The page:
Order Tray | Contact Us | Home | SIG Lists

[aprssig] 6.72m Propagation Network Already In Service

Ryan Butler rbutler at tsss.org
Sun Jan 6 15:48:39 UTC 2008


Make sure you forward it to the list (the url for more info) as I'm 
interested in reading more as well.

Ryan, KB0JQO


Ev Tupis wrote:
> Jon,
> This is wonderful information.  I had no idea that it existed.  Please, forward a URL with more info on the propagation study portion of the BNSF monitoring system, would you?
>
> What are you observing as far as meteor propagation on this system?  It seems to be "smack dab" in the middle of the "Meteor Scatter Band" and could be used by Bob in strategizing for his project.
>
> Ev, W2EV
>
>
> ----- Original Message ----
> From: Jon Adams <jon at jonadams.com>
> To: aprssig at lists.tapr.org
> Sent: Sunday, January 6, 2008 1:20:14 AM
> Subject: [aprssig] 6.72m Propagation Network Already In Service
>
>
> Good evening, Ev, Bob and others -
>
> Did you know that the BNSF Railway is running a nice 44.58MHz network 
> with about 600 base stations spread over a great part of the US west of
>  
> the Mississippi? It's 9600 baud, does not rely upon meteor scatter, is 
> called "Extended Line of Sight" propagation, short packets generally, 
> GMSK modulation. About 100-150 locomotives, most of the trackside
>  defect 
> detectors, most of the highway vehicles that also have ability to get
>  up 
> on the rail, have transceivers now as well. All the transceivers are 
> 100W tx and the vehicle/trackside equipment antennas are either loaded 
> 1/4 or full-size halfwave antennas. Base station antennas are coaxial 
> dipoles high up on towers, generally 60-100'. Network is very chatty, 
> but apparently quite efficient, with dozens of packets per minute from 
> any one base station. While it's not exactly continuous duty, when a 
> propagation event occurs, the number of packets per minute can easily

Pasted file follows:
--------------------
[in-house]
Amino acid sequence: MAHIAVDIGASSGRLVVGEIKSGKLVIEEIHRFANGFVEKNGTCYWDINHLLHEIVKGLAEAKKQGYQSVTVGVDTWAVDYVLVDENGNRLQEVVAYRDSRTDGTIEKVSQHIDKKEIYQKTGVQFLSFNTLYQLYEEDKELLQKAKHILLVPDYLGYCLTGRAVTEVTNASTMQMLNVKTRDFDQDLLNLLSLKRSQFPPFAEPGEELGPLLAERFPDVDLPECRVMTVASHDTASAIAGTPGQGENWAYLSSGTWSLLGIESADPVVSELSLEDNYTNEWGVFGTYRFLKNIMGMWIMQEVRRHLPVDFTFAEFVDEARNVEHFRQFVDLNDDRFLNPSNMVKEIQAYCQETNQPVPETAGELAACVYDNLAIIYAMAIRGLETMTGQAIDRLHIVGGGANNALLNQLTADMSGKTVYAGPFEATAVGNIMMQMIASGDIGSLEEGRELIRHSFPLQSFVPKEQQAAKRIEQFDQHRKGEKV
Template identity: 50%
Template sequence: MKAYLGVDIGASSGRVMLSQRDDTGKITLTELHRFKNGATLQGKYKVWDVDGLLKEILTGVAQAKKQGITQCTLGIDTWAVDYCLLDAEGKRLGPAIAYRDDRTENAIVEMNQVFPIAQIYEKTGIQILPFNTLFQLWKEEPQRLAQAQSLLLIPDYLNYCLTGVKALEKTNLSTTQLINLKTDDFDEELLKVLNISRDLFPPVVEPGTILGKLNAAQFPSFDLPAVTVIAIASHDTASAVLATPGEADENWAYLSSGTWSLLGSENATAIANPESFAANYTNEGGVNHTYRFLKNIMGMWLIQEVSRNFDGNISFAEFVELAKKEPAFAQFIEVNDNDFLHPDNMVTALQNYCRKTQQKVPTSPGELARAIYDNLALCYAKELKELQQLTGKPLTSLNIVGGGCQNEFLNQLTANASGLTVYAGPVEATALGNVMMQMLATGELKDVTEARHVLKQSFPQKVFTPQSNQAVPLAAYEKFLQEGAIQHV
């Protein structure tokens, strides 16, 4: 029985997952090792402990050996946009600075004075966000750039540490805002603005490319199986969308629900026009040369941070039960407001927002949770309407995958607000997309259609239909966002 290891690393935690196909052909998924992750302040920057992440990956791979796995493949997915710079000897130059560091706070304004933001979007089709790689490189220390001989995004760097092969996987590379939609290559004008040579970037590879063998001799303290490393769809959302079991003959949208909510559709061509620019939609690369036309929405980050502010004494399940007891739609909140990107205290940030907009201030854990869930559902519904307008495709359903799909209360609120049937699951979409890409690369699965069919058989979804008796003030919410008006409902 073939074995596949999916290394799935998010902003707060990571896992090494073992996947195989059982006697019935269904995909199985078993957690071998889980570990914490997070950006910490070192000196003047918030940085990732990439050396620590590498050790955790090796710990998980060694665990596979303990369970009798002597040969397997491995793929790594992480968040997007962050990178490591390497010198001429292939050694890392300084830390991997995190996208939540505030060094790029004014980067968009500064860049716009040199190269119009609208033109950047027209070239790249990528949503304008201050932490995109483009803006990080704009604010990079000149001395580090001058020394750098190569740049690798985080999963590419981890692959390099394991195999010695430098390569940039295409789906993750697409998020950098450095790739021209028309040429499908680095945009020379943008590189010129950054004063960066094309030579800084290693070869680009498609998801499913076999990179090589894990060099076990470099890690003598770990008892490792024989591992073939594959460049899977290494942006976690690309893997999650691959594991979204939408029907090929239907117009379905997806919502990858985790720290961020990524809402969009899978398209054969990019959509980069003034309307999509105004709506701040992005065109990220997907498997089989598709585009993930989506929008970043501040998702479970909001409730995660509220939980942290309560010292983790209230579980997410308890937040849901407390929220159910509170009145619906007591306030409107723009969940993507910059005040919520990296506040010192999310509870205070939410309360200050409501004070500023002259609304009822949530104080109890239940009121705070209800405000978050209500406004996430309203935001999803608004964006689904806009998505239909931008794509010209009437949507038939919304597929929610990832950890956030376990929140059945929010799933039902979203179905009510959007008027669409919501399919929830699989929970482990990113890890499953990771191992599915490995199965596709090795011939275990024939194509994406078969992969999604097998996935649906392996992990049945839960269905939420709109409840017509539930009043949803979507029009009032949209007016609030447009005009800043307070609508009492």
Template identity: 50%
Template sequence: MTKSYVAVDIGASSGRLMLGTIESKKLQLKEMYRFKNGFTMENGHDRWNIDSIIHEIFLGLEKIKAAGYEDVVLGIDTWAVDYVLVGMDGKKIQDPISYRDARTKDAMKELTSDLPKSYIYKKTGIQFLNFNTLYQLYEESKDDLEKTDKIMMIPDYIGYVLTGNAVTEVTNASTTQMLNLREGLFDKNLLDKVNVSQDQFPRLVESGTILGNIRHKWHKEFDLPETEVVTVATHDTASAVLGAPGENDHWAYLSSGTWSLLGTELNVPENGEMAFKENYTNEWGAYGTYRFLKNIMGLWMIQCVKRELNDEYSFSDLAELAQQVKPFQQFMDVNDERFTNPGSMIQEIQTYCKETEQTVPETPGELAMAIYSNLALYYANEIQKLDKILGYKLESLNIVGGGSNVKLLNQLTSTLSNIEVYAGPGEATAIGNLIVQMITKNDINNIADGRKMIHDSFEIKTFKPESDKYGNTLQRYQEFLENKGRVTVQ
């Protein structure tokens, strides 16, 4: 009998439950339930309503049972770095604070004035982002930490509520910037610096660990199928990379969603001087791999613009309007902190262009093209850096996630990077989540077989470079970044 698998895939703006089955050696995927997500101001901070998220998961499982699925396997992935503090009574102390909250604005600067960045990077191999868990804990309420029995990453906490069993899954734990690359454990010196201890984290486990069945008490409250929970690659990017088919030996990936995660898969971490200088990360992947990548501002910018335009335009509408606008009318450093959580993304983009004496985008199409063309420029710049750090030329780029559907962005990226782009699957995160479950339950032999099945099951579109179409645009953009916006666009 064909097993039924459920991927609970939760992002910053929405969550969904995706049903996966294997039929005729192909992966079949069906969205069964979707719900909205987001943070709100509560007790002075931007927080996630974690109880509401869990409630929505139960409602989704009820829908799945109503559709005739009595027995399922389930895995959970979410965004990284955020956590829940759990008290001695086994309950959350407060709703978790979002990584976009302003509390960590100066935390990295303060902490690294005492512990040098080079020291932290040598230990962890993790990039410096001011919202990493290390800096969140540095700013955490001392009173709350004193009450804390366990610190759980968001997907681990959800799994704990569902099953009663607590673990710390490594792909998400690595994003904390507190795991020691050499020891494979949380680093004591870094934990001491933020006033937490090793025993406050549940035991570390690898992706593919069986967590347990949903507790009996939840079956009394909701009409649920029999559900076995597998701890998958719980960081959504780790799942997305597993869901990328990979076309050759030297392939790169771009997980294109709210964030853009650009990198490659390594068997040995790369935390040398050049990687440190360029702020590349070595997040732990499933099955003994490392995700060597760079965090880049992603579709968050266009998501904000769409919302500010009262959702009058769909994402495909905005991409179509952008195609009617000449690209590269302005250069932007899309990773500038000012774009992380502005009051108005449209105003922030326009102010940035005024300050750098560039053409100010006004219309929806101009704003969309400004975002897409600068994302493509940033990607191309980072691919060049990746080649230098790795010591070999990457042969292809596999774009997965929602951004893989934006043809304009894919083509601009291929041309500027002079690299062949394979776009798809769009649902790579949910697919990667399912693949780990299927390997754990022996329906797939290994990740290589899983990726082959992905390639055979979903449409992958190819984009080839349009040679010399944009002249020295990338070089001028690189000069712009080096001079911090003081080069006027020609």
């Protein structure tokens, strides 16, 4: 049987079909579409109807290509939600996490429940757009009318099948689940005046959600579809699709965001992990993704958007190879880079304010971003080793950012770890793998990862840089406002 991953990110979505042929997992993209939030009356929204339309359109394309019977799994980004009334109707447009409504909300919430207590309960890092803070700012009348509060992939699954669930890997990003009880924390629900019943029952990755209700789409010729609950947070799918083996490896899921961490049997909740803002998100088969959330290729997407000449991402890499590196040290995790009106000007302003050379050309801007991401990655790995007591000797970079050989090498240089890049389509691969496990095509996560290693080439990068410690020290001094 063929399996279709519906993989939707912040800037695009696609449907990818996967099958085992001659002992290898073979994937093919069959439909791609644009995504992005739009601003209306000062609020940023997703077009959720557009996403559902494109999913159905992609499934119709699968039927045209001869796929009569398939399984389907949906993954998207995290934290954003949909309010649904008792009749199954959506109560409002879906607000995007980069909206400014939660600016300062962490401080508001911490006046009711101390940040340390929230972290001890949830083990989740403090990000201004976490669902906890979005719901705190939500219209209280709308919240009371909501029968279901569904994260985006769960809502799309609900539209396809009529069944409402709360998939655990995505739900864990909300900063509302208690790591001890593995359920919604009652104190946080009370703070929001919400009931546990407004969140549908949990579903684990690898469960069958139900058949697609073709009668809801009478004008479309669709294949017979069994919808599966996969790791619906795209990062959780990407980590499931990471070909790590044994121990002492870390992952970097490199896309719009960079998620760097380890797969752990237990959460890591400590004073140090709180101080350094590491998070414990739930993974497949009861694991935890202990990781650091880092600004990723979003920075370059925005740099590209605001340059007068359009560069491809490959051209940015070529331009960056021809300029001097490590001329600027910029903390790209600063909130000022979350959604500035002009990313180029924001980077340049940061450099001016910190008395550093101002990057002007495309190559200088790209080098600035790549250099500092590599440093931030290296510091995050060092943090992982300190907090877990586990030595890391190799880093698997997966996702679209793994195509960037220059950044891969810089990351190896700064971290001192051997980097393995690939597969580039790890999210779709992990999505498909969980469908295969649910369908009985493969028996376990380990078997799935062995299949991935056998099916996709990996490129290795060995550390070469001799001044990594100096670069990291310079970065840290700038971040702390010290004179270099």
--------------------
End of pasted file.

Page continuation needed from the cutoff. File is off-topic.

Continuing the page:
> top 100. Packet types include location packets, for base and mobile 
> devices, network beacons, telemetry packets, control packets, etc. The 
> network runs in a TDMA polled mode, so the field devices only talk when
>  
> authorized.
>
> The reason I bring this up is that this network is already far more 
> dense than most anything that hams could create. It's a great tool for 
> seeing propagation in real time, and while 6-3/4m is a little longer 
> than 6 and shorter than 10, it's probably a good indicator.
>
> If you listen on 44.58MHz FM narrow, maybe you'll hear the short
>  bursts, 
> especially if you're anywhere near a BNSF line. Here at my qth, I have
>  a 
> receiver specifically for that band and service, and have received 
> packets from as far away as Minnesota. We're looking for hams who would
>  
> be willing to add a dedicated receiver and antenna to their setups to 
> collect this data - we have a server that then plots the current prop
>  on 
> Google Earth as well as web pages that provide specific statistics on 
> the data. There are about 19 receiving sites now, concentrated in AZ
>  and 
> IL, with a few more in SoCal, Washington state, Colorado, Iowa, New 
> Mexico, Wisconsin. The radios we use for reception are generally old 
> boat-anchor Motos, including Micors, Mitreks, Maratracs, Maxtracs, some
>  
> plain-vanilla scanners work fine too. All require direct discriminator 
> output, and a sound card that has really good low-frequency performance
>  
> (there's no scrambling on the data, so there can be really long 
> sequences of zeroes). Nearly all the antennas are homebrew, either 
> vertical dipoles, loaded quarter waves, or fullsize ground planes.
>  
> While this Meteorcomm network does not rely upon meteor scatter, it
>  does 
> provide a fine tool for detecting potential meteor scatter events as 
> well as other ionospheric stuff. And when the skip is in, I'm not sure 
> how their network can deal with the onslaught of packets, but it seems 
> to work fine.
>
> Many of us who are involved with this are hams, with a fair number who 
> are railfans and not hams. What you get in return for participation in 
> this network is the propagation data in digestible format. If you're 
> interested in participating, reply to me off-list.
>
> 73 - Jon N7UV
>
>
>
>
>
> _______________________________________________
> aprssig mailing list
> aprssig at lists.tapr.org
> https://lists.tapr.org/cgi-bin/mailman/listinfo/aprssig
>
>
>
>
>
>       ____________________________________________________________________________________
> Looking for last minute shopping deals?  
> Find them fast with Yahoo! Search.  http://tools.search.yahoo.com/newsearch/category.php?category=shopping
>
> _______________________________________________
> aprssig mailing list
> aprssig at lists.tapr.org
> https://lists.tapr.org/cgi-bin/mailman/listinfo/aprssig
>   





More information about the aprssig mailing list